SCOTUS Mulls Power of Administrative State in Obama-Era Consumer Financial Protection Bureau

View of the US Supreme Court Building on a bright Christmas Day
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The United States Supreme Court heard oral arguments on Tuesday in a case challenging the unchecked power of the Consumer Financial Protection Bureau (CFPB), part of the administrative state formed in the wake of the 2008 financial crisis as part of the 2010 Dodd–Frank Wall Street Reform and Consumer Protection Act.

The case, Seila Law LLC v. Consumer Financial Protection Bureau, made its way through the courts after Seila refused to honor CFPB’s request for information through a civil investigative demand, and challenged the agency’s structure, calling it unconstitutional.

“Since the New Deal era, Congress has enabled the rise of the administrative state,” Matthew C. Forys of the Landmark Legal Foundation told Breitbart News.

The foundation was one of many conservative groups that filed an amicus brief in support of petitioner Seila Law LLC.

“It has repeatedly asserted that there are policy areas that need to be regulated by agencies with political independence,” Forys said. “But political independence is just another way of describing a lack of political accountability.”

“All of the policy arguments in support of an independent agency like the Consumer Financial Protection Bureau are trumped by the constitutional requirement of a separation of powers,” Forys said. “When Congress creates administrative agencies with restrictions on the president’s power to fire the agencies’ top officials, it is interfering with the president’s executive powers and duties under the Constitution to a certain extent.”

“But Congress took a step even further by creating a new organization with broad powers, the CFPB, and placing a single director in charge who can only be fired for cause during a five-year term of office,” Forys said.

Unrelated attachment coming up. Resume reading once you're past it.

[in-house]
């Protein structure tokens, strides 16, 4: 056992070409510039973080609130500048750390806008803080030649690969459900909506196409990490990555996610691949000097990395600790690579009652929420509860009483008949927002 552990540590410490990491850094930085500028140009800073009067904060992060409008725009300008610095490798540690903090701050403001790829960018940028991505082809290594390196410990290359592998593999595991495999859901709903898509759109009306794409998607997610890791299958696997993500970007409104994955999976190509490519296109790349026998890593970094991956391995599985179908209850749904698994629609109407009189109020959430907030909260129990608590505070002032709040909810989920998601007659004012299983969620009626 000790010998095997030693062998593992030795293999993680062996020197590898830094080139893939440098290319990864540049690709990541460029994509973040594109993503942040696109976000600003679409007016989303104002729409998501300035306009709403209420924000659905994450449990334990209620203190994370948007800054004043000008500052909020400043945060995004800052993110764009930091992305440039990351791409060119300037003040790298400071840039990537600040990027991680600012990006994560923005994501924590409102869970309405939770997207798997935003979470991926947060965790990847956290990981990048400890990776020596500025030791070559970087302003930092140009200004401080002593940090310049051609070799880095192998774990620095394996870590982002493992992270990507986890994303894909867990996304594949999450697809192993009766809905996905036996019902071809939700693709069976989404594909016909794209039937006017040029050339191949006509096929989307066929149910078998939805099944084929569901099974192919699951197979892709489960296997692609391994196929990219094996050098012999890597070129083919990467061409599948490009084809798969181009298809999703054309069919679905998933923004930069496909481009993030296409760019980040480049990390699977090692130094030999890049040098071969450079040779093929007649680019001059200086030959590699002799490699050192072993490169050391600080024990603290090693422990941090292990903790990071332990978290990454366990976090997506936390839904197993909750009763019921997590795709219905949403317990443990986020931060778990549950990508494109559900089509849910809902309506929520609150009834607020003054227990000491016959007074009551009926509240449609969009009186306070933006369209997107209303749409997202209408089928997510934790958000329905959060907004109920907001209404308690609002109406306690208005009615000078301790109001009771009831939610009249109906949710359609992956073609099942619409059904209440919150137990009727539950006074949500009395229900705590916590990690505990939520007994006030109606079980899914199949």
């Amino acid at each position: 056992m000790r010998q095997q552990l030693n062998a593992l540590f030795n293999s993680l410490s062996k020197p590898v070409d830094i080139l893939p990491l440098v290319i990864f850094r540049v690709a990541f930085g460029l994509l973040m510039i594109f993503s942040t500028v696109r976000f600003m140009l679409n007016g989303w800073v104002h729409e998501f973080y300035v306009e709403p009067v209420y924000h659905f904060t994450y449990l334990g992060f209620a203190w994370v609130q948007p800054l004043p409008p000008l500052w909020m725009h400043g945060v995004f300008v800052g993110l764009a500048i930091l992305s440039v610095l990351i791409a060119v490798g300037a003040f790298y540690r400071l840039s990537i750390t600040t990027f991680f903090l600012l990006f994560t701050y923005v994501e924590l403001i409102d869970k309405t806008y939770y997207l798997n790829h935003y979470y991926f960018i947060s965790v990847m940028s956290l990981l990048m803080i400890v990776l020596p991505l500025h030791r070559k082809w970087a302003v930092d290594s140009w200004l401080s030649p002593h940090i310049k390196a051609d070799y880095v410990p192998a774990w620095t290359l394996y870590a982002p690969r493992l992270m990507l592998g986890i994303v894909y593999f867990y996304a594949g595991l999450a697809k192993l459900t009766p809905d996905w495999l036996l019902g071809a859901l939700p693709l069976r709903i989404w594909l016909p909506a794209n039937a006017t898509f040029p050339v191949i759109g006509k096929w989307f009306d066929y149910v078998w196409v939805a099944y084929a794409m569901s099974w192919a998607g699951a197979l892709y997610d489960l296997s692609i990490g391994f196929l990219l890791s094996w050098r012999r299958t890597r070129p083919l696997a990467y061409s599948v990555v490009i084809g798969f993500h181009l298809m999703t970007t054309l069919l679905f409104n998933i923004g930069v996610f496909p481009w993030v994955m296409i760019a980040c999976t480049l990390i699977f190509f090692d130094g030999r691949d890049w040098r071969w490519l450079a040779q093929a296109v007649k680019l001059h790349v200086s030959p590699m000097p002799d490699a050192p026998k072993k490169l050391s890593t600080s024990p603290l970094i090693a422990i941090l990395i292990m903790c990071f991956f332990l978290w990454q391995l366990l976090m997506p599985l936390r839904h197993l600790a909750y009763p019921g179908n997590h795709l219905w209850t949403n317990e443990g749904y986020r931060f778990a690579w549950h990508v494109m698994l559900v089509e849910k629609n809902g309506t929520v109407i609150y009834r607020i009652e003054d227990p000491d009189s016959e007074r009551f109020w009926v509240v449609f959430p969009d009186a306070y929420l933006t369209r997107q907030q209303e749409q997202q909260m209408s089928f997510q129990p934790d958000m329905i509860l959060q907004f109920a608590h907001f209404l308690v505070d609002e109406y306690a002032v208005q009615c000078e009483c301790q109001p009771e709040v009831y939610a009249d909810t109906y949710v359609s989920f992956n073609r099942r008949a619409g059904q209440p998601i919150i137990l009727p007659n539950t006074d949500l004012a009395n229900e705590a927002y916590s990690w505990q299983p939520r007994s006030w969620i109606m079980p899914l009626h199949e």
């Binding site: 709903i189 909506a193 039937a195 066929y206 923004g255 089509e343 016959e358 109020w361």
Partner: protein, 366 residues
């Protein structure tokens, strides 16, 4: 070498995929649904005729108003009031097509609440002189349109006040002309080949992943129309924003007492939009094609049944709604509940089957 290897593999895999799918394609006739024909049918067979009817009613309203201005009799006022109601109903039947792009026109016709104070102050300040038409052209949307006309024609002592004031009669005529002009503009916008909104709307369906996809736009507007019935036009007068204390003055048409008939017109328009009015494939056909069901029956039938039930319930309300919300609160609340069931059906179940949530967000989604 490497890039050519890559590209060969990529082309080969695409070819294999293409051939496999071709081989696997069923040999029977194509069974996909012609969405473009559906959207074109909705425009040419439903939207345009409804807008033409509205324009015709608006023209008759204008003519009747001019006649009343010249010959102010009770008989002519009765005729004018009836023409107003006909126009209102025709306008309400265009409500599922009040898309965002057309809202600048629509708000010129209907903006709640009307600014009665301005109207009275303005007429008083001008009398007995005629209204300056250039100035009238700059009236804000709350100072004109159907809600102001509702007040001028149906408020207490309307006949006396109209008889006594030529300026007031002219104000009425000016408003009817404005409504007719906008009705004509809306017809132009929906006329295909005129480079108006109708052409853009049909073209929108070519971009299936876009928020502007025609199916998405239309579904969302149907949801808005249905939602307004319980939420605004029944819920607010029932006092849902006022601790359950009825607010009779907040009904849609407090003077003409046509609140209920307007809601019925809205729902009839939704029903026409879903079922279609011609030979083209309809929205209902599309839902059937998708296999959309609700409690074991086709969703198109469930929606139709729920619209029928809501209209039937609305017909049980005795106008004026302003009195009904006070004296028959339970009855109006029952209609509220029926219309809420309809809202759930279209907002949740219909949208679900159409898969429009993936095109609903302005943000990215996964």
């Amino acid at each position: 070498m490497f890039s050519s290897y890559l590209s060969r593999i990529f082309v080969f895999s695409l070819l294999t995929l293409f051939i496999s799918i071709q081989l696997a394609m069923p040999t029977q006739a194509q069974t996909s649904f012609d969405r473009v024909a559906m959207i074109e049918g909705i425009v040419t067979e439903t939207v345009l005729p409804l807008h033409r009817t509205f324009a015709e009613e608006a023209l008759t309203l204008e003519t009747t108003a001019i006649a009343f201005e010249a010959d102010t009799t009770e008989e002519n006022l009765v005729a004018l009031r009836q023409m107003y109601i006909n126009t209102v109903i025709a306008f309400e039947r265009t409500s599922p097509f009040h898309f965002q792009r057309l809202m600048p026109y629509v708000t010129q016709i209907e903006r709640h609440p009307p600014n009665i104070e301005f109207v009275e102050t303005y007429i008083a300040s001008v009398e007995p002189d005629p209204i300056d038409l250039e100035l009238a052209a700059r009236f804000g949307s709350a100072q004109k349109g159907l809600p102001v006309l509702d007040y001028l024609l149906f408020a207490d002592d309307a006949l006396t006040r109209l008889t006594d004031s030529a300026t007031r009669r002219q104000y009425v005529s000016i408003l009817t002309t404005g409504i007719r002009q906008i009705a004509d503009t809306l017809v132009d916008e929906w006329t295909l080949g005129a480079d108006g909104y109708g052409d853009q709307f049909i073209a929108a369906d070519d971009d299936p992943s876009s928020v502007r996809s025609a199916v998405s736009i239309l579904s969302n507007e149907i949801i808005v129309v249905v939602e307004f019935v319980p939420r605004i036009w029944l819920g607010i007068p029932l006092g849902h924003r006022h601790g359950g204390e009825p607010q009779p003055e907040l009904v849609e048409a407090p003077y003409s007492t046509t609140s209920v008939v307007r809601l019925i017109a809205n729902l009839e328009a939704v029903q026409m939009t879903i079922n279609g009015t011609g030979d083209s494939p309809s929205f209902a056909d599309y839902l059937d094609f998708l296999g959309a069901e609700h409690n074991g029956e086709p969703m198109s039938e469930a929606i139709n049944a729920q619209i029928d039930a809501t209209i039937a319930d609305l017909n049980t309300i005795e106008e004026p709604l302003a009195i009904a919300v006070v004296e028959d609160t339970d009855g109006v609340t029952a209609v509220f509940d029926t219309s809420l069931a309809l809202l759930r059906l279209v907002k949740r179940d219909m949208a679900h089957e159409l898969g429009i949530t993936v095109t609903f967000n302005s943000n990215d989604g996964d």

The argument respondents made is that Congress has the power under the Constitution to structure and organize agencies in the executive branch, including assigning functions to executive officers and to restrict the president’s removal of executive officers only to situations when the director fails to perform his or her duties.

The CFPB was championed by former President Barack Obama, who tapped Sen. Elizabeth Warren (D-MA) in 2010 to set up the new agency — a role she enthusiastically assumed and still champions today.

During oral arguments, the Supreme Court justices seemed focused on how this agency differs from others in the administrative state and also on how the agency is protected from presidential oversight and by Congress since CFPB’s funding is separate from the appropriations process.

“Never before in American history has Congress given so much executive power to a single individual who does not answer to the president,” Kannon Shanmugam, Seila’s attorney, told the court. “By significantly limiting the president’s ability to remove the CFPB’s director, Congress violated the core presidential prerogatives to exercise the executive power and to take care that the laws be faithfully executed.”

Justices also asked about the agency’s complete separation for the president as head of the executive branch.

“How much does it matter that the tenure of the single director continues into the next president’s term?” Justice Brett Kavanaugh asked Noel Francisco, solicitor general at the Department of Justice who represented the Trump administration, told the court. “Because I think that’s when the problem really reveals itself, that the next president is going to have to deal for his or her whole term, potentially, with a CFPB director appointed by this president and will not be able to supervise or direct that person, even if that president has a wildly different conception of consumer financial protection?”

“I think that illustrates the nature of the problem, your honor,” Francisco said. “Even if you didn’t have that, I still think this for-cause removal restriction would be unconstitutional.”

Progressive justices seemed to embrace what they expressed as CFPB’s “independence,” while conservative justices seemed to weigh striking it down or possibly changing Dodd-Frank to expand its leadership and give the president more control over that leadership.

And as is the case in many cases before the Supreme Court, justices also parsed the separation of powers.

“Why don’t we just leave it to the political branches, who actually know about these things?” Justice Elena Kagan said during oral arguments.

Even after 70 minutes of oral arguments it seemed unclear on what the justices would decide in the case, which could range from abolishing CFPB or a severability ruling to change the structure of CFPB.

A decision is expected next summer.

The case is Seila Law LLC v. Consumer Financial Protection Bureau, No. 19-7 in the Supreme Court of the United States.

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